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Retail Report: Tilapia makes huge gains

Study shows retail consumers seek seafood sales, promotions


June 01, 2010

Consumers continue to seek value in their grocery purchases as the economy recovers, and it appears that fresh fish is on the rebound. Finfish was the largest category in the seafood department, accounting for 35.2 percent of seafood department sales during the 52 weeks ending Feb. 27.

Nationally, weekly finfish dollar sales averaged $2,191 per store, a 7.8 percent increase from the previous year, making finfish first in weekly per-store sales within fresh fish. Salmon, the largest of all finfish species in terms of sales, posted $783 in weekly store sales, a 6.1 percent increase from the previous year, while tilapia, continually increasing in popularity, was up 19.1 percent to $318 in average weekly sales.

The finfish category had above-average dollar sales duringLent last year: March 7 through April 11. Finfish average weekly sales peaked the week ending Feb. 20, 2009, at $2,768 per-store, or 26.3 percent above the annual average. The weeks ending March 7, 2009, and April 11, 2009, posted the second- and third-highest average sales with $2,712 and $2,705, respectively.

Finfish average weekly dollar sales were up from the prior year in all regions. The South (up 8.4 percent) and Central (up 8.2 percent) regions drove the increase. While the West and East regions also experienced increases in per-store-per-week sales, up 7.6 percent and 6.4 percent, respectively. Finfish in both the Central and the West regions outpaced the total United States in dollar contribution to the seafood department, contributing 39.9 percent in the Central region and 37.6 percent in the West. Finfish contributed 34.3 percent in the East and 33.2 percent in 
the South.

Five-year national historical average weekly dollar trends (projected to 100 percent ACV) have increased 26.6 percent since 2005. Tilapia has grown in popularity in that time, increasing weekly per-store sales dollars 95 percent since 2005.

 

Loyalty-card insights

In early 2009, a research project by 
the Perishables Group identified various value-seeking strategies by consumers. The research firm also partnered with two retailers, one on the West Coast and one on the East Coast, to gather consumer loyalty-card data from 200,000 households and conduct 1,600 in-store shopper intercepts. When comparing overall purchasing behaviors for finfish from 2009 compared to 2008, it is clear that most consumers have persisted in actively seeking out value.

One way shoppers seek value is through sales and promotions. Some shoppers at the West Coast retailer bought cod/scrod, salmon, trout, catfish and tilapia less frequently during the first three quarters in 2009 compared to the previous year, but they bought more per purchase trip when they did buy. This behavior is characteristic of consumers waiting for deals and then stocking up on the items for freezing and future use.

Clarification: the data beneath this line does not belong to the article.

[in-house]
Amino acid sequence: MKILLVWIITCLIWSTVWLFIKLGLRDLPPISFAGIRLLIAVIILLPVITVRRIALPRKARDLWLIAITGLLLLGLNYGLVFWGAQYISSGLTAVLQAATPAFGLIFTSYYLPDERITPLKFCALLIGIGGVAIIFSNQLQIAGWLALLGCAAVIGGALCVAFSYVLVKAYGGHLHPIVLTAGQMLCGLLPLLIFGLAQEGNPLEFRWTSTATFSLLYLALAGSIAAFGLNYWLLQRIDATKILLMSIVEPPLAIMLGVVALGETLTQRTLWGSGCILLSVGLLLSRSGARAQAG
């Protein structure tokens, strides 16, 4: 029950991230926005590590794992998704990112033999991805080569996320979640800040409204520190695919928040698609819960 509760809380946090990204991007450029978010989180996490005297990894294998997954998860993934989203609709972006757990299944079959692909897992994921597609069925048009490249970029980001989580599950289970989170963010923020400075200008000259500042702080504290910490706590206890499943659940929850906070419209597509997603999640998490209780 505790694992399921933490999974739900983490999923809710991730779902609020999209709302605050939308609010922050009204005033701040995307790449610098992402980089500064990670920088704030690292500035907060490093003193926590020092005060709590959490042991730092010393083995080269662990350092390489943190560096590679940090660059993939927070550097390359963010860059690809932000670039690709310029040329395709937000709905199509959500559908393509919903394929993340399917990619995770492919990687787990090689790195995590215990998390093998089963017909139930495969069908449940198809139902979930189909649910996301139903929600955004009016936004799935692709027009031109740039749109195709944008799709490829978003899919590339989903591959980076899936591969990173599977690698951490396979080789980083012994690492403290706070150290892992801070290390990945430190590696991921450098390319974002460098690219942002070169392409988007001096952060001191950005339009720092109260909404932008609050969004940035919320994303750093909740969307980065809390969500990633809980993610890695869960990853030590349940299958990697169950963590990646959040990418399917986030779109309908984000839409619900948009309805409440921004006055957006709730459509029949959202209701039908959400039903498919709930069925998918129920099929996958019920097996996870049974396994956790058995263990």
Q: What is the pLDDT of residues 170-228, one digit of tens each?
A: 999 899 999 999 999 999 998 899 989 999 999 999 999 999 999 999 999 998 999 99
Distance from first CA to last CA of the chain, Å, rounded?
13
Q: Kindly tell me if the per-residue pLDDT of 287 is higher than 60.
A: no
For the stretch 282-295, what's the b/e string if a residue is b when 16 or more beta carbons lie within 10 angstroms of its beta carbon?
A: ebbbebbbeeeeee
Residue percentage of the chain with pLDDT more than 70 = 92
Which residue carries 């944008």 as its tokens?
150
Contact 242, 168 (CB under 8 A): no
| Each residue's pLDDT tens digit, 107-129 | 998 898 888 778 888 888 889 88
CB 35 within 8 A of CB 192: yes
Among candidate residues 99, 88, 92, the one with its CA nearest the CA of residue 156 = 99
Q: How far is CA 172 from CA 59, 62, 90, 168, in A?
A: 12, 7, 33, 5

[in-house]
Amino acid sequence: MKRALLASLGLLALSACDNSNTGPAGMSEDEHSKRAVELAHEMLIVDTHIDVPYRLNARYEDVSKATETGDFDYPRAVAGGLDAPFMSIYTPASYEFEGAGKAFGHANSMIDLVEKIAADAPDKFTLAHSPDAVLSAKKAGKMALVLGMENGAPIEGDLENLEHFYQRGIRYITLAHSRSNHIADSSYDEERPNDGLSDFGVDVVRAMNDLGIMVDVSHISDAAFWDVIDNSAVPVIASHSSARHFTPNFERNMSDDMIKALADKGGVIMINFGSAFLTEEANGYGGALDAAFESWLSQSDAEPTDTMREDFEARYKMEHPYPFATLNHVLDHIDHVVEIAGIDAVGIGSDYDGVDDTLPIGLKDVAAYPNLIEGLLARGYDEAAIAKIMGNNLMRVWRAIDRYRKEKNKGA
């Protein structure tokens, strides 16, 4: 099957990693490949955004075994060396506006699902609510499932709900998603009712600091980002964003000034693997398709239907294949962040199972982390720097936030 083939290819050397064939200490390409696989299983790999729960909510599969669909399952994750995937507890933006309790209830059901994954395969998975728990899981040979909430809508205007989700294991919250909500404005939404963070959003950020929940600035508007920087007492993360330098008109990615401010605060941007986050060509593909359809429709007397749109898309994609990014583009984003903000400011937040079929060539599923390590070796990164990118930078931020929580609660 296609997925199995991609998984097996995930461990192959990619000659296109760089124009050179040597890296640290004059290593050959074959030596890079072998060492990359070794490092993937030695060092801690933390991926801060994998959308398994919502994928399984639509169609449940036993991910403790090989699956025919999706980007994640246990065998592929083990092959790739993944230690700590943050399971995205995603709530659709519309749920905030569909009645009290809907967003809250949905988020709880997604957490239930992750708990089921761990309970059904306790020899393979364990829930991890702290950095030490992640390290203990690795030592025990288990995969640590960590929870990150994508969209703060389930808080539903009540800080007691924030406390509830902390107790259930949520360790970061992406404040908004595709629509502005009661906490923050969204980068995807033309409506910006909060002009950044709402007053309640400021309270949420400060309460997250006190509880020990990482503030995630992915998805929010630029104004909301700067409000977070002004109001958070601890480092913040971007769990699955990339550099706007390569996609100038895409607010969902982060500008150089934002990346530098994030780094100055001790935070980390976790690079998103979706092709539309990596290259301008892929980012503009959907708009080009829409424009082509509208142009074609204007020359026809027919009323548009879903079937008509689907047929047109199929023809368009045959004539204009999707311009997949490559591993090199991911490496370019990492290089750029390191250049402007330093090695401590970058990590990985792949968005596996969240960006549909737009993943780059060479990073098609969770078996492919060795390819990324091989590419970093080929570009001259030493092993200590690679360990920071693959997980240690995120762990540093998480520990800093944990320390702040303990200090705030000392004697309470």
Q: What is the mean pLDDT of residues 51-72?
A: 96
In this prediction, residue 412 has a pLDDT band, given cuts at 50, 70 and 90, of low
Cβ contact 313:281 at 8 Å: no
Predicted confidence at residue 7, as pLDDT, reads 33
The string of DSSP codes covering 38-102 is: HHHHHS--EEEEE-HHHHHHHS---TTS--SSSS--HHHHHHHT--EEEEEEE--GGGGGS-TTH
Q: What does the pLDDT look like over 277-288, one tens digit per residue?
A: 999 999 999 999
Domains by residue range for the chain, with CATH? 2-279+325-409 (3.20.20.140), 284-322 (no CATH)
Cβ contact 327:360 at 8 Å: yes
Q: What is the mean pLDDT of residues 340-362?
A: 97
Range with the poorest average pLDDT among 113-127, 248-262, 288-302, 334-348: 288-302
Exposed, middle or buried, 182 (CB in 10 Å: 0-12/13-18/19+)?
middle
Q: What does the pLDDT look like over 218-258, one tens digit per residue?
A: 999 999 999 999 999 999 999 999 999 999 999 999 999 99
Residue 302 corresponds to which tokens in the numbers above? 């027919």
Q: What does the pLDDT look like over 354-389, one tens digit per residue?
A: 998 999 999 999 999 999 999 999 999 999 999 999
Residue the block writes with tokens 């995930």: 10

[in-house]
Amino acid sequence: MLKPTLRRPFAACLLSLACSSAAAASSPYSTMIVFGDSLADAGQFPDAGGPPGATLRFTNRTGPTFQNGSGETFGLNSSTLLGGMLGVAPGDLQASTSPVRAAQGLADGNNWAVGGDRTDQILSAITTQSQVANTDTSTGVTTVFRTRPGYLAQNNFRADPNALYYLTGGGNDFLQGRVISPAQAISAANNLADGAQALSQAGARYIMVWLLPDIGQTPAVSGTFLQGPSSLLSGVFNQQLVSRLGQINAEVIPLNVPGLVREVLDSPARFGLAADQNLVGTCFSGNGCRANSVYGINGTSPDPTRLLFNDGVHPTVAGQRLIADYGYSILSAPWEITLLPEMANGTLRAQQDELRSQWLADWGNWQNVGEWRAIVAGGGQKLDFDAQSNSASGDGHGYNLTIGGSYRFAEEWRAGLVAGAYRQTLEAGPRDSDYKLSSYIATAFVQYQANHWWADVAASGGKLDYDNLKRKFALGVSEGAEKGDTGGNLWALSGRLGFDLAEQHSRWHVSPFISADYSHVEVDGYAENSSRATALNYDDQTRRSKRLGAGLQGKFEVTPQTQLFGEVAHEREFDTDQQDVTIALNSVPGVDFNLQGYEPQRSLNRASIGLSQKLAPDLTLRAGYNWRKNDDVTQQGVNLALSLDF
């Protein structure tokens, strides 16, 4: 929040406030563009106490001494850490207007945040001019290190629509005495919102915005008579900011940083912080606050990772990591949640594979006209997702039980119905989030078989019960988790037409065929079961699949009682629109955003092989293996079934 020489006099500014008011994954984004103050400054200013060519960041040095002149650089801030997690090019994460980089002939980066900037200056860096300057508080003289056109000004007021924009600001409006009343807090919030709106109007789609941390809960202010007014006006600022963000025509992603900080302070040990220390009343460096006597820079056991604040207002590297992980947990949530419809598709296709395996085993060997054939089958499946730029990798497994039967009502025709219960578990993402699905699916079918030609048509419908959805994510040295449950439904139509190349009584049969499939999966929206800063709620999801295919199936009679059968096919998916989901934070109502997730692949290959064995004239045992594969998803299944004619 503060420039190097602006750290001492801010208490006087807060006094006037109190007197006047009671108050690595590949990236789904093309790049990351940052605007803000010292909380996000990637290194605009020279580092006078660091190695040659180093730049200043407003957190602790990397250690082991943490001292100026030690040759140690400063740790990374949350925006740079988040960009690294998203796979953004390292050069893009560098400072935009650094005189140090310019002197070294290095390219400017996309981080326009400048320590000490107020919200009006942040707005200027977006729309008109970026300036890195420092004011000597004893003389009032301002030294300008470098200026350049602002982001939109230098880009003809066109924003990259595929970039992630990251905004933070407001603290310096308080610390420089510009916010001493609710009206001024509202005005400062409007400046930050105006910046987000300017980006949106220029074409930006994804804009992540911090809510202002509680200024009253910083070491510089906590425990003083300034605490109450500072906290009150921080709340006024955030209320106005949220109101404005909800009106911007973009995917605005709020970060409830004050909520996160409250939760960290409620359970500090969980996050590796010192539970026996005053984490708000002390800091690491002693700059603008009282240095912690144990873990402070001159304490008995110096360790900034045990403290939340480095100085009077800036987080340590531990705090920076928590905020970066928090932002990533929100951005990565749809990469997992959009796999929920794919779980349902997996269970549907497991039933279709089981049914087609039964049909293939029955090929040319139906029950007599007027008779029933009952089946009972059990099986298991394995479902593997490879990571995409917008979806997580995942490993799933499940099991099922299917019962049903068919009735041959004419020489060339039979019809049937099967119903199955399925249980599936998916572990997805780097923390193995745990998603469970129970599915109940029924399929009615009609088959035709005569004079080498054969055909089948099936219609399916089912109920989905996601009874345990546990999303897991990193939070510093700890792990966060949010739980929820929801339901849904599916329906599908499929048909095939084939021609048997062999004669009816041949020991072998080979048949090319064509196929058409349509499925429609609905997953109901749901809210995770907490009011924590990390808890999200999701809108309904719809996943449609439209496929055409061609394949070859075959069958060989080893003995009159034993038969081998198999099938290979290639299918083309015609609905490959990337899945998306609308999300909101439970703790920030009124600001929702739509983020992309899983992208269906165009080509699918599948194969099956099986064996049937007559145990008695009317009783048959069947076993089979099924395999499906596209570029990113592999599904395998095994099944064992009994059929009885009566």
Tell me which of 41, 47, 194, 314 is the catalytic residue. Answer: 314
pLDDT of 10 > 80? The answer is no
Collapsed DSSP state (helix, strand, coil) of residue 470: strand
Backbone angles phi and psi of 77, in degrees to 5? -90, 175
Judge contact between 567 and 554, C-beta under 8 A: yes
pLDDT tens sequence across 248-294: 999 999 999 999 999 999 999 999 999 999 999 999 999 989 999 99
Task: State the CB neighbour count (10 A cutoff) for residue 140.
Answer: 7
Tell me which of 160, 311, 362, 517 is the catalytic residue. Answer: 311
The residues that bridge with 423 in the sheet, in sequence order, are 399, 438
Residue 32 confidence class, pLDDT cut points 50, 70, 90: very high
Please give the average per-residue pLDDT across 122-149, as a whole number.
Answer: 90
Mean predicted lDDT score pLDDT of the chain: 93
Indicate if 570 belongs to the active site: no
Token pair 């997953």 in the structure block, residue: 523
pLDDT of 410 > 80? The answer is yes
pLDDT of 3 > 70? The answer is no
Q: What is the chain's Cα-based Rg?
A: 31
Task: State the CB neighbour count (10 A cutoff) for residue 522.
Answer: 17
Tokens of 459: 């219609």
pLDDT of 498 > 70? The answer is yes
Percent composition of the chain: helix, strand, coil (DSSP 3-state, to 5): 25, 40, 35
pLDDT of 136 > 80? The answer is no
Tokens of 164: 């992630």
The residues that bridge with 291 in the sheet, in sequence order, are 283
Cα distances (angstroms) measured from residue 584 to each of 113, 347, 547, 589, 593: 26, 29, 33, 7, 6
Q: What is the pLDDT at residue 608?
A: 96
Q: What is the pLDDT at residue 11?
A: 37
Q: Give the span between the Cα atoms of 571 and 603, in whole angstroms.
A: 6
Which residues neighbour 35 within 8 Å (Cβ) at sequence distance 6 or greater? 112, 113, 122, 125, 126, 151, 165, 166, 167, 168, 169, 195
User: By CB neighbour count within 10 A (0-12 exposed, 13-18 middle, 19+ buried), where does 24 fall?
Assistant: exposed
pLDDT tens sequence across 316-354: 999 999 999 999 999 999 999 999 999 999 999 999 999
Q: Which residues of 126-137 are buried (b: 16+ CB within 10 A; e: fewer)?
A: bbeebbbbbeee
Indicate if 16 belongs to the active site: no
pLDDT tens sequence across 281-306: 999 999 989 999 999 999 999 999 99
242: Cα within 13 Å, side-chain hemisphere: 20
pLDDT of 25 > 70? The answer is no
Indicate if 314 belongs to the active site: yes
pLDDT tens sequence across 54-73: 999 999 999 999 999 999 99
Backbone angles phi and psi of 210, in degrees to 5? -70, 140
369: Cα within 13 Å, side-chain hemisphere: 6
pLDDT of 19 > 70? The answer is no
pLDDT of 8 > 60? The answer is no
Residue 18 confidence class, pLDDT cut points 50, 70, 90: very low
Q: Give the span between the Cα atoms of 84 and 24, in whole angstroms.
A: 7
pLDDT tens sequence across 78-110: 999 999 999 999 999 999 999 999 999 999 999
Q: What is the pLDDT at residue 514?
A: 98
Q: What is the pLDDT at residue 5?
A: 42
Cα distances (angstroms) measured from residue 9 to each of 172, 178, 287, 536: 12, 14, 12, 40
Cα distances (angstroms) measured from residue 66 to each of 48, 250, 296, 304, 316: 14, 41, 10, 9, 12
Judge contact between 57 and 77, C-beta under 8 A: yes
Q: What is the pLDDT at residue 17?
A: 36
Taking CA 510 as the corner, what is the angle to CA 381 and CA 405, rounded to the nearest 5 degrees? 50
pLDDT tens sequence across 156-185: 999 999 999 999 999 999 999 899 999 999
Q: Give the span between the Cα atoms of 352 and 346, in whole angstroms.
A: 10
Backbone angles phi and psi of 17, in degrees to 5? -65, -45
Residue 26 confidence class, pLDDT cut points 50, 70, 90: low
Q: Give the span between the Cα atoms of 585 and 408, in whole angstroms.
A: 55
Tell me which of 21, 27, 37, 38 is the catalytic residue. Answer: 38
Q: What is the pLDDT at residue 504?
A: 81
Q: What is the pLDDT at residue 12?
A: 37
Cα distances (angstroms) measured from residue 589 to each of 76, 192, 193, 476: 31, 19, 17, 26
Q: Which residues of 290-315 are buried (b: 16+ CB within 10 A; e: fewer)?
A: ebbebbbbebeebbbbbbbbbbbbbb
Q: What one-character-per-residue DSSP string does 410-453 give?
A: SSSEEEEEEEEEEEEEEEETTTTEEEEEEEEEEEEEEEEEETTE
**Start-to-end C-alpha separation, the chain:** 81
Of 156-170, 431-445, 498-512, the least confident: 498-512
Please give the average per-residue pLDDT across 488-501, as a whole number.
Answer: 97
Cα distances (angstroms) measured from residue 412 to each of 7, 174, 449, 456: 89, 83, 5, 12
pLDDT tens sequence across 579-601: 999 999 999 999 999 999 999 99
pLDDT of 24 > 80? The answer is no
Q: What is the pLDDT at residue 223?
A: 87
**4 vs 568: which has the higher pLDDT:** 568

Another way consumers sought value was to limit their purchase amounts to only buy what they absolutely need, especially on high-priced items. At the West Coast retailer, consumers purchased halibut (usually a high-priced species) more often than in the past year, but bought less quantity during each purchase occasion. Consumers likely did not want to fully give up halibut, but perhaps settled for smaller-sized portions than in the past.

Consumers traded out of finfish species in which they did not find sufficient value. At the Western retailer, households purchased high-priced swordfish and roughy less frequently and in smaller purchase sizes than in the previous year. In the Eastern retailer, households traded out of mid-priced salmon and tilapia. During times of economic instability, switching behavior by consumers is driven by retailer practices around pricing, promotion or 
assortment.

Overall, finfish sales per transaction grew from the first to the third quarter of 2009 when compared to the previous year. The Eastern retailer's average finfish transaction size was up 7 percent to $8.91. Transaction size was flat for the Western retailer, at an average of $10.62 over the three quarters compared to 2008. Posting steady or 
increasing sales during a recession, especially for a relatively high-priced protein, is a testament to consumers' desire to choose a fresh and healthy center-plate protein.

 

This sales review is provided by the Perishables Group in Chicago, an independent consulting firm focused on innovation and creating value for clients in the fresh food industry. Reported results are for March 1, 2009, through Feb. 27, 2010, and were compiled from grocery stores nationwide, representing 63.1 percent of national supermarket ACV share. For more information, contact Kelli Beckel at (773) 929-7013, e-mail: KelliB@perishablesgroup.com .

 

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